Jake Peavy won a Cy Young Award (unanimous vote) and an NL Pitching Triple Crown.

posted by grum@work at 03:51 PM on October 31

I'll admit to being biased from watching him play most days, but who the heck are the 3 guys ahead of him? In fact, who's the one?

People would say Robinson Cano.

It's either the batting numbers (Cano has been significantly better the last three seasons), or durability (Cano has 160 games played in the last 7 seasons, compared to Pedroia averaging 141 games played in the same time period). They have traded off on gold gloves the past 5 years, so defense (in some eyes) is pretty much a wash (with a slight advantage to Pedroia).

posted by grum@work at 04:05 PM on October 31

Peavy should be considered a star, given that he's being paid like one and he was an all star a couple years ago. But he is six years removed from that Cy Young season and hasn't been in the top 10 of Cy Young voting since then.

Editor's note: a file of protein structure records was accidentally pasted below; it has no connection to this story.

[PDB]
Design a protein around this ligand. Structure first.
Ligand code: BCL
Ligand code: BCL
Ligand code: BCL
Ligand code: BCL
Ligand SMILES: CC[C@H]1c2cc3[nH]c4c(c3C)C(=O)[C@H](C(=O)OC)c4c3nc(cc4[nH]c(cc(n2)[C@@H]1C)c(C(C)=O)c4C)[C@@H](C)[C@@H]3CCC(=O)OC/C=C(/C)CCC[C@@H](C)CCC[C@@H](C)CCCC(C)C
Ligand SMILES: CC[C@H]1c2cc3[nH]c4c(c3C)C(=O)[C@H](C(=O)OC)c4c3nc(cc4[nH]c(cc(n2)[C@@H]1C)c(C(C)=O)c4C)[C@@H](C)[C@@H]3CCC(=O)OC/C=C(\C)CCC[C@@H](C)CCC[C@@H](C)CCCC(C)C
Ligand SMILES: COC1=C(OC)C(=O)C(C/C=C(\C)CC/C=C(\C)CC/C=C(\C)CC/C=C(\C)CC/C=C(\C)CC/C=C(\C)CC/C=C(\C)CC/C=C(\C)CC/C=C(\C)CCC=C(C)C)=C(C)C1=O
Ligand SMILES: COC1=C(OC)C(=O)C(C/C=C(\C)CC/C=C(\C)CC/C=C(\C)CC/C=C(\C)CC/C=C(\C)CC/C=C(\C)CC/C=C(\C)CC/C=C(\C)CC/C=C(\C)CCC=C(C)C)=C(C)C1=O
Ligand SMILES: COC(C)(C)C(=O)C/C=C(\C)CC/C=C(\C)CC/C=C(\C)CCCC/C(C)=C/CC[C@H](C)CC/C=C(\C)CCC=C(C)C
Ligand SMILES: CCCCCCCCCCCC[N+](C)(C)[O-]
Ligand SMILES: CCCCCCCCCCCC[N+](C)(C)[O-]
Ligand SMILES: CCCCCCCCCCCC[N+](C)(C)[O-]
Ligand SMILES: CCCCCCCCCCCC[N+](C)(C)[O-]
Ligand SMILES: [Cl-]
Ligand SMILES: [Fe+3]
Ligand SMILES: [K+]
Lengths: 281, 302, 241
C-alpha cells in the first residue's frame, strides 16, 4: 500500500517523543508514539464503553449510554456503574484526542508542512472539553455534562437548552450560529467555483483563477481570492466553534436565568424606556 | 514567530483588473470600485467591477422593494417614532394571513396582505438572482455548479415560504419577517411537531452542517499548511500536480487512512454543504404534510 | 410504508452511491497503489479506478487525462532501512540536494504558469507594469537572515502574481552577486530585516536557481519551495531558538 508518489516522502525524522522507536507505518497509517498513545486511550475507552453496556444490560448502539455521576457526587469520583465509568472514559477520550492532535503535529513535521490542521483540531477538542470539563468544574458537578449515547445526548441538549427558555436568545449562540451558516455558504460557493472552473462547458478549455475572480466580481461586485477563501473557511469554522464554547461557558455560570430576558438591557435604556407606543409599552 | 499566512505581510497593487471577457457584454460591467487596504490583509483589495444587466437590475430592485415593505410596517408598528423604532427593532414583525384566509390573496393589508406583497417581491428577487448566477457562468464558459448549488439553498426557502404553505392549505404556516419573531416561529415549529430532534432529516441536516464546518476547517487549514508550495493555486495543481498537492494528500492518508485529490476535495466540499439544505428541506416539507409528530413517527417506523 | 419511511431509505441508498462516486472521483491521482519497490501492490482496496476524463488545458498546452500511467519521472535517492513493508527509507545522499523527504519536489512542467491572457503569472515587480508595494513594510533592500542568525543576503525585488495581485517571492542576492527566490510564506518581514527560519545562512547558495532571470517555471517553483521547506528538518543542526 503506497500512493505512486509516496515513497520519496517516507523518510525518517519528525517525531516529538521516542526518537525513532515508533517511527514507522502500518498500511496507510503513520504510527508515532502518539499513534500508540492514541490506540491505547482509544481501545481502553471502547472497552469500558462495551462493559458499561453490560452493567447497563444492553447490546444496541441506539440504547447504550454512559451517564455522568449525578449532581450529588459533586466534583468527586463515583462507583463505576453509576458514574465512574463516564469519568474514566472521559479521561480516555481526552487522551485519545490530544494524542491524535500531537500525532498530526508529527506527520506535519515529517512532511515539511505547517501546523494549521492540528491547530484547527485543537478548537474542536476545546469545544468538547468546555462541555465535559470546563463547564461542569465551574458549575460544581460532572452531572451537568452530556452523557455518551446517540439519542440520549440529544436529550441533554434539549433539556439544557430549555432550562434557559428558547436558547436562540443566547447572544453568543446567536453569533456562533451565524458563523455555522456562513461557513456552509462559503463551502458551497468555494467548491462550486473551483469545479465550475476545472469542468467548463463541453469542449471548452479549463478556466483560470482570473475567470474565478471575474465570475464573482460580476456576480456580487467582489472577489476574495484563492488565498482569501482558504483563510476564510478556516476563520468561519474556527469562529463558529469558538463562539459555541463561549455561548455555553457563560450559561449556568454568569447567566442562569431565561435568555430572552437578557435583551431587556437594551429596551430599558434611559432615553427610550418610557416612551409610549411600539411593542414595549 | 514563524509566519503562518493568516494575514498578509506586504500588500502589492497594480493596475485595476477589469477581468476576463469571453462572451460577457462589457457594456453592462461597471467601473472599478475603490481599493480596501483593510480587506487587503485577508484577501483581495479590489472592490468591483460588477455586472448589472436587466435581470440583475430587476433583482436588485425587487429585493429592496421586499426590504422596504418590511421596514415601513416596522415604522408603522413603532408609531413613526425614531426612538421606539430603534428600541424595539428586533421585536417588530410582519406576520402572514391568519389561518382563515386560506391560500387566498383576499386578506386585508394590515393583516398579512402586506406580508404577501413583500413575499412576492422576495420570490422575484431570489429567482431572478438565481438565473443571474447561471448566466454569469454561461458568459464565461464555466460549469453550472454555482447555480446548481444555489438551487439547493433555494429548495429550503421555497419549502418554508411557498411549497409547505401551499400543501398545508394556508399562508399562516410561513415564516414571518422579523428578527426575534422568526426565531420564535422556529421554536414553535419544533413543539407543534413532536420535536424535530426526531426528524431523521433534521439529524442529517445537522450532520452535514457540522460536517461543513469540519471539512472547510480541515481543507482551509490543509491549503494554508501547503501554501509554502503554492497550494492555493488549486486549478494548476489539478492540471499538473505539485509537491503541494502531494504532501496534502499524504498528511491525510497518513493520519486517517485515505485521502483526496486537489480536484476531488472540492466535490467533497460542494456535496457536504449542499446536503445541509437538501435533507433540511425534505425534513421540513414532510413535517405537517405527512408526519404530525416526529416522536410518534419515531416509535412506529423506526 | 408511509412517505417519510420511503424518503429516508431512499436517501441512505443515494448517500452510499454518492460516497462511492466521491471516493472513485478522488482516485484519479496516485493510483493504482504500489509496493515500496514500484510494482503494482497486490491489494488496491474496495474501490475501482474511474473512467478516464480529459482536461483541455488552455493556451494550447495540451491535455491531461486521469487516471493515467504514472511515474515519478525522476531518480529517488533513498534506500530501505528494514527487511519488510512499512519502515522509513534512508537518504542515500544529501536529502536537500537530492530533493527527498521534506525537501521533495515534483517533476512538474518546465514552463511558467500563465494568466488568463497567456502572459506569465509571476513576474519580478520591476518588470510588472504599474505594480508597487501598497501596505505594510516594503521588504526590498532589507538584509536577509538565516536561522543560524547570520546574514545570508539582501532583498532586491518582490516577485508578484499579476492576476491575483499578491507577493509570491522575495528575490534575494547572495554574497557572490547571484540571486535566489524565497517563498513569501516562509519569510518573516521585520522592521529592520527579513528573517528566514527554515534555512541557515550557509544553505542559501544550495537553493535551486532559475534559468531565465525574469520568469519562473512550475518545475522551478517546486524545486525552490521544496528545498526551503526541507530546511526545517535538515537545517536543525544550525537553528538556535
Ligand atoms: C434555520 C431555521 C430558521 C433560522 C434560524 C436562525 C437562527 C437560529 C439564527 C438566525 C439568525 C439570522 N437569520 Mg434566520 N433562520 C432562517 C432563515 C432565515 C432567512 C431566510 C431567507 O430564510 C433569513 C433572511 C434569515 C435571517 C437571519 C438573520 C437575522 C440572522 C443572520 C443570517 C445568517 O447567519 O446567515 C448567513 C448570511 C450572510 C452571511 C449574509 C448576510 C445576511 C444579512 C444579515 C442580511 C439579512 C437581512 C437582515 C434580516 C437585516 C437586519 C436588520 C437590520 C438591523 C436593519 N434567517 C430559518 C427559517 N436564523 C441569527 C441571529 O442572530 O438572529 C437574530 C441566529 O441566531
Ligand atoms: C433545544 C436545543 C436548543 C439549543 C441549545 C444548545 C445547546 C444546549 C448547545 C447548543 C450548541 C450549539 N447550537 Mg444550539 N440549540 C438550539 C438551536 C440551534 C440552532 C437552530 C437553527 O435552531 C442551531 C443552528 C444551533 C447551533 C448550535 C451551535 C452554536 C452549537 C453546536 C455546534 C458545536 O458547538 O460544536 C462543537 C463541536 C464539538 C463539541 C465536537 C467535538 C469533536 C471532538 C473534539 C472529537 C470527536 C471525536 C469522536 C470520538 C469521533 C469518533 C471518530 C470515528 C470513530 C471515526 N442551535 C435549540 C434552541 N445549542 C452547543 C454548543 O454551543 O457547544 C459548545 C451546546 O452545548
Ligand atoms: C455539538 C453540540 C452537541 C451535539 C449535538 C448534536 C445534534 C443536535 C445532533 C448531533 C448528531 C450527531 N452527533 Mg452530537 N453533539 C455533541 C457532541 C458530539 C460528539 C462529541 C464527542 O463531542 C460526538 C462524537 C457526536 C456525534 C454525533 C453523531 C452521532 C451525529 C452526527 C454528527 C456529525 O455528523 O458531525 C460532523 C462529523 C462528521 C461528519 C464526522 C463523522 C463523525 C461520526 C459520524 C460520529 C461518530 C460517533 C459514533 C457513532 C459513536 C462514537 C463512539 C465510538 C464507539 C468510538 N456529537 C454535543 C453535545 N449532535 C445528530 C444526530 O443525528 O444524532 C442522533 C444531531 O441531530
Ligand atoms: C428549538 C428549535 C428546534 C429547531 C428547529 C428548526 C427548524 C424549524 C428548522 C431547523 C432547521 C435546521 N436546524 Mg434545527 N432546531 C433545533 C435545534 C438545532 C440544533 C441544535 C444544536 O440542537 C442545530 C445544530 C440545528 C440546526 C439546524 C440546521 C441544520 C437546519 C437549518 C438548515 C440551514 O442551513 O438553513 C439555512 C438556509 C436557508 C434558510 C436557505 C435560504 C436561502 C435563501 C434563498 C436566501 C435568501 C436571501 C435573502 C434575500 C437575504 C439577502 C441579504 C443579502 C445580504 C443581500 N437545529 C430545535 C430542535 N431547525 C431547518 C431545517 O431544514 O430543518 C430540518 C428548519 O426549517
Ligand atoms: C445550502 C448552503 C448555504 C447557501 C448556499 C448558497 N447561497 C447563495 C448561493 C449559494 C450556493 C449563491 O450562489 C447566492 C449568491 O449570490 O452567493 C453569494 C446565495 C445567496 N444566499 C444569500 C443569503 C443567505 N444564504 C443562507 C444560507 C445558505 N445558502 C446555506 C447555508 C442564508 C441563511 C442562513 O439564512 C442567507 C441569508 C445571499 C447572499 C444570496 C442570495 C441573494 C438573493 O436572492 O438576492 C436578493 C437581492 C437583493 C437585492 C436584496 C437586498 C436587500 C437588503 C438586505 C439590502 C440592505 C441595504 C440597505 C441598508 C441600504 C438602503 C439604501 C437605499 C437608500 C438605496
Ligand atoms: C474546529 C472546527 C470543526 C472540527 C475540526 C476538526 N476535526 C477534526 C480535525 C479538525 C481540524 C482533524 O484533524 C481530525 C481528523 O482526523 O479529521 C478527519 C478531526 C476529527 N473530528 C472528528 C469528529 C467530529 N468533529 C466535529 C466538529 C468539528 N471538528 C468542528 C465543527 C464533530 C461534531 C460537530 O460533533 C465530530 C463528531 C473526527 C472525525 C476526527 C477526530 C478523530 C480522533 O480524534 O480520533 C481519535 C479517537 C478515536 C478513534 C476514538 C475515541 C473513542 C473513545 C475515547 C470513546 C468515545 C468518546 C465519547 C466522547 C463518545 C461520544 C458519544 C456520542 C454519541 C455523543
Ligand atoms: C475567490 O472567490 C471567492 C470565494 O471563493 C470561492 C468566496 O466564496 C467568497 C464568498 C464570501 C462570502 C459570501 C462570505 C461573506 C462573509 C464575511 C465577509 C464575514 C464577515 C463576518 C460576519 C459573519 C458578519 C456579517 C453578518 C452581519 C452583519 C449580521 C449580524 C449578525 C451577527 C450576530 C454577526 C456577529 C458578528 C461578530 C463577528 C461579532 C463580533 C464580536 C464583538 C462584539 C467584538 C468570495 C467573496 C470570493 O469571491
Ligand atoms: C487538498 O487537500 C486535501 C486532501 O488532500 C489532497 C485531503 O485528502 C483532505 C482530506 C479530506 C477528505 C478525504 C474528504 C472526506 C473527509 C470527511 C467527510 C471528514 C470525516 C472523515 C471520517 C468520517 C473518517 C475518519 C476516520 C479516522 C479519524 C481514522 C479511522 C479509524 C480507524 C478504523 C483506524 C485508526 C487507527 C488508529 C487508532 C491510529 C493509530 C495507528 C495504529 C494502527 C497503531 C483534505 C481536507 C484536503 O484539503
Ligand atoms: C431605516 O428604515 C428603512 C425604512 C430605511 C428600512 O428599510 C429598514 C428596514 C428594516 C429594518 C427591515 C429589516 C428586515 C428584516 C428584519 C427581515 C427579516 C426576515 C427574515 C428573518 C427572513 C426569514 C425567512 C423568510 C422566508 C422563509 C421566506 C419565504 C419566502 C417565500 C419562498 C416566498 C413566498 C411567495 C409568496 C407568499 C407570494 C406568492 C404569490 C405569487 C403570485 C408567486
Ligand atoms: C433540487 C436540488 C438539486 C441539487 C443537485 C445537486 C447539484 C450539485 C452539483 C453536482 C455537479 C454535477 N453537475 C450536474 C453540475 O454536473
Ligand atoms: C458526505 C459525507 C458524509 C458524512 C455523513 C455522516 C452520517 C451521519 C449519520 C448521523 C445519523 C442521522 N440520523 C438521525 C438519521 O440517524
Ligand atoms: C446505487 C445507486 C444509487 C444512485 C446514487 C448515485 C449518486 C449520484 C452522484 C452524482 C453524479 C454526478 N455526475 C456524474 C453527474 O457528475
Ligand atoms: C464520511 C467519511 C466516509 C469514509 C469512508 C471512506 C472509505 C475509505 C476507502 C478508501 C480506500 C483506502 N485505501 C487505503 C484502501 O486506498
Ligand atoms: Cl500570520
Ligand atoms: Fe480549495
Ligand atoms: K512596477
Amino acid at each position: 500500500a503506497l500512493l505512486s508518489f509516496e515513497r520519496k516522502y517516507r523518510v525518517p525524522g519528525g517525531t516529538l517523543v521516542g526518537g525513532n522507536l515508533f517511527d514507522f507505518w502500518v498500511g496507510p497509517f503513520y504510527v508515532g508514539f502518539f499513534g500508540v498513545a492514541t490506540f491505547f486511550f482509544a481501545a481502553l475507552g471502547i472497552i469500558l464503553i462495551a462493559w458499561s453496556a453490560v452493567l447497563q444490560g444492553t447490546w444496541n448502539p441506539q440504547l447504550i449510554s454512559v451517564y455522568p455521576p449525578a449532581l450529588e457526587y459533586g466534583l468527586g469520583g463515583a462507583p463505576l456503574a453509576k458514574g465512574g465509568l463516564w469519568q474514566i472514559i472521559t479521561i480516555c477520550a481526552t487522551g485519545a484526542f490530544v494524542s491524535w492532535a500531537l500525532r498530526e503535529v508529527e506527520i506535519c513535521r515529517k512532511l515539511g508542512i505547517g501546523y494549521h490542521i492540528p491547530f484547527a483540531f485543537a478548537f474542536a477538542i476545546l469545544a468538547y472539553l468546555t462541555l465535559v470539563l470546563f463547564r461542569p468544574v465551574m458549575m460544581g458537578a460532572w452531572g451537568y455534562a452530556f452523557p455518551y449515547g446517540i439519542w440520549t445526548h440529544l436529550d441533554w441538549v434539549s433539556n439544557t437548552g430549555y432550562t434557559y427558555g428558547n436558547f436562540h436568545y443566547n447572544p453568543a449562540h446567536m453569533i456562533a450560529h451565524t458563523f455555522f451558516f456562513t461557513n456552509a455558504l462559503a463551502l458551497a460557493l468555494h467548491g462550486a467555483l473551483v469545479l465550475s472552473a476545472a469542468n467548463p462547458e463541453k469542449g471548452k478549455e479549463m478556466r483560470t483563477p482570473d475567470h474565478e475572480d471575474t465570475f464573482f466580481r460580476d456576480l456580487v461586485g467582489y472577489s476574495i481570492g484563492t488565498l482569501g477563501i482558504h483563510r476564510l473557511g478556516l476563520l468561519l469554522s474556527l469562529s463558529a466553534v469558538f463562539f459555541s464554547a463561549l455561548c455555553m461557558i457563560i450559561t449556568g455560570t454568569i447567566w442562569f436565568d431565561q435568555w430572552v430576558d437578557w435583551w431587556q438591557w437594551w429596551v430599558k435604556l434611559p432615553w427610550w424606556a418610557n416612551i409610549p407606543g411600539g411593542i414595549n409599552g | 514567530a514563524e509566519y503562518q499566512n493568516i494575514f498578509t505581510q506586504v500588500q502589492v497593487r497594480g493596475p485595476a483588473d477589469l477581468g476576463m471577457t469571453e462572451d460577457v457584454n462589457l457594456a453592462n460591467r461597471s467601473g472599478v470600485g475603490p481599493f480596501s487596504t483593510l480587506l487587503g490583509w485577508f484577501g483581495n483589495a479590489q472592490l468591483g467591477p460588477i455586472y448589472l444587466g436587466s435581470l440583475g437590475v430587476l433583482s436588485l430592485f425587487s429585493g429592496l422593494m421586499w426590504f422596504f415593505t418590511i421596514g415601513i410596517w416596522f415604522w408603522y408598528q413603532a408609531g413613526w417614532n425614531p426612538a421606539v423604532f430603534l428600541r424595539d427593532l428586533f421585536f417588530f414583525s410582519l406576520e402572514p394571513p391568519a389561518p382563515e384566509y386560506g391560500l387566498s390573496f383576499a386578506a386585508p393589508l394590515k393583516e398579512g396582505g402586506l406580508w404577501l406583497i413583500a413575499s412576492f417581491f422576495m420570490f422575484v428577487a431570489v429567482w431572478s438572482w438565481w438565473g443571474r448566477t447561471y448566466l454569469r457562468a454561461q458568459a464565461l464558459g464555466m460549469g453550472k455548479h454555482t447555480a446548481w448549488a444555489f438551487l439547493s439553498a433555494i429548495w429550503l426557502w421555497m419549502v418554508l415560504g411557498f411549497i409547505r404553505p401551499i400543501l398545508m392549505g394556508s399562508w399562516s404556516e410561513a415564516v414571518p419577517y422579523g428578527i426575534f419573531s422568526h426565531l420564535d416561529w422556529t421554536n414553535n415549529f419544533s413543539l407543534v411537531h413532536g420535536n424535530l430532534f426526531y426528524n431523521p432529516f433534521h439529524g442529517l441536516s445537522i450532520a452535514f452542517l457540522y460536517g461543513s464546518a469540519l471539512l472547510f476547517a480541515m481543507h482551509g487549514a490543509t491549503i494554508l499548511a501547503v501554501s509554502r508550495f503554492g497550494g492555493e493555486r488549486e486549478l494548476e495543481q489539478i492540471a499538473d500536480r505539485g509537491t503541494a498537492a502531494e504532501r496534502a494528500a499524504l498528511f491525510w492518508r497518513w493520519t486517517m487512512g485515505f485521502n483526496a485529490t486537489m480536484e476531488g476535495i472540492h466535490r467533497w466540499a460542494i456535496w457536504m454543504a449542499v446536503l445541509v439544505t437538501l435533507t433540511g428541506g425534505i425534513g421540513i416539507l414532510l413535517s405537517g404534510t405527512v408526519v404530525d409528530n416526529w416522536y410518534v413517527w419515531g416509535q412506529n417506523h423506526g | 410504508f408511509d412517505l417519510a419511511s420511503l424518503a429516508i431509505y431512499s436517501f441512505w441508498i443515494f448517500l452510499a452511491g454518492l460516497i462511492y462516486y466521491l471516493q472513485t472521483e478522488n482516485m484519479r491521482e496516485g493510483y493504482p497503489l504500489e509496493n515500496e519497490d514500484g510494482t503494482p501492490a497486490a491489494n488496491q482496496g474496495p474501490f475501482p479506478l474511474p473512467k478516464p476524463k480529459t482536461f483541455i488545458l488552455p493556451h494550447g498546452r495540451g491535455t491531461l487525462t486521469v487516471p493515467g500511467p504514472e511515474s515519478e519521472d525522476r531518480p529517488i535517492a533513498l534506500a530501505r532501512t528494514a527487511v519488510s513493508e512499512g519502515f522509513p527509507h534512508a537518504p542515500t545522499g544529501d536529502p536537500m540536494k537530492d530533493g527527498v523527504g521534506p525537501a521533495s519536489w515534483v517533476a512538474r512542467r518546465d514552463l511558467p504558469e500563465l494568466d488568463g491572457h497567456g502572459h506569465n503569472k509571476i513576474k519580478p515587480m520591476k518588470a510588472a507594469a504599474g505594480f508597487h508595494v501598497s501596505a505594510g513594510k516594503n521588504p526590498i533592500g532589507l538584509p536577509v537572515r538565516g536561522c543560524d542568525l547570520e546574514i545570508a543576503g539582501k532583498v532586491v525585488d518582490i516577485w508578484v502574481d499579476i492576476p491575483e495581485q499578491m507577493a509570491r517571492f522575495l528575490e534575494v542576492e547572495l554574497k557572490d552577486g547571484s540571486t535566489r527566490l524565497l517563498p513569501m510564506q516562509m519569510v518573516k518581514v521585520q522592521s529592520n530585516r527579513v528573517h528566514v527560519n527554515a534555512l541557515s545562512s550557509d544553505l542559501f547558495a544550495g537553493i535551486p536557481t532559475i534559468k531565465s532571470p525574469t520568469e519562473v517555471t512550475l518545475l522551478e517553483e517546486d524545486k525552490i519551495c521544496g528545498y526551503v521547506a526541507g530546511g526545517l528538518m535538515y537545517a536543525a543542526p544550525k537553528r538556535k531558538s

posted by rcade at 04:09 PM on October 31

I'll admit to being biased from watching him play most days, but who the heck are the 3 guys ahead of him? In fact, who's the one?

Cano.

Zobrist's had a higher WAR two years ago and the same as Pedroia this year. Matt Carpenter had the highest WAR of all second basemen this year. I'd list Pedroia above them both, as would most, but on the point of who're more valuable at the position, they're at least in the discussion. Brandon Phillips is a ways back.

There's a reason that I put him in brackets - I figure he's been in the top 3 each year.

Peavy was a star before he got hurt, but there's a pretty good chasm between that guy and the guy everyone was nervous letting start in the World Series.

posted by dfleming at 05:25 PM on October 31